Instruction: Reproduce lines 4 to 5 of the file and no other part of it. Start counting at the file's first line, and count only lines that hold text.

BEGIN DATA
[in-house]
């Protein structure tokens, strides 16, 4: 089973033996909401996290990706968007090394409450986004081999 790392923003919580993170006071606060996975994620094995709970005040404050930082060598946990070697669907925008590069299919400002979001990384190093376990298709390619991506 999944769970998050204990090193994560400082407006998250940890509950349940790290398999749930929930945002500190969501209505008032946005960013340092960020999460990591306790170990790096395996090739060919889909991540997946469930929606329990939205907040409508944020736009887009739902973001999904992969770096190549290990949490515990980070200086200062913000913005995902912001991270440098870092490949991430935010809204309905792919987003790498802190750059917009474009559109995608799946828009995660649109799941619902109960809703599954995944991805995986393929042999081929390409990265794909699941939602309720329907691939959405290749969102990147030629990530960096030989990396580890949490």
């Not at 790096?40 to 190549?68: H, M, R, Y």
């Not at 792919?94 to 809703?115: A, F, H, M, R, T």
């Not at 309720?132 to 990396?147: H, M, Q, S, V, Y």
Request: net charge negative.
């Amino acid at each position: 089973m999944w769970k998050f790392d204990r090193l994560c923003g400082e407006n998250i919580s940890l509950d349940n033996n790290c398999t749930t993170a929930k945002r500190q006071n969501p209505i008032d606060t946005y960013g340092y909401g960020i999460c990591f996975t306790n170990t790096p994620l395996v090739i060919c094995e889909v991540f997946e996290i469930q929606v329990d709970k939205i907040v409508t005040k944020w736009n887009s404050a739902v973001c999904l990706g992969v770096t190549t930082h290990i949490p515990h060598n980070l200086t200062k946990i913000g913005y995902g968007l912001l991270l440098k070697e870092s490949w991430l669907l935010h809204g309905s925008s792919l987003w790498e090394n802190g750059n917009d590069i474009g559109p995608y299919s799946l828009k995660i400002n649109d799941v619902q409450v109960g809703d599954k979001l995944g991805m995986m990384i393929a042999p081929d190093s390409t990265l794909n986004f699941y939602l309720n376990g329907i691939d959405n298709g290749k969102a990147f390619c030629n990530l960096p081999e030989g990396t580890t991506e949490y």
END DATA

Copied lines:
């Not at 792919?94 to 809703?115: A, F, H, M, R, T």
């Not at 309720?132 to 990396?147: H, M, Q, S, V, Y």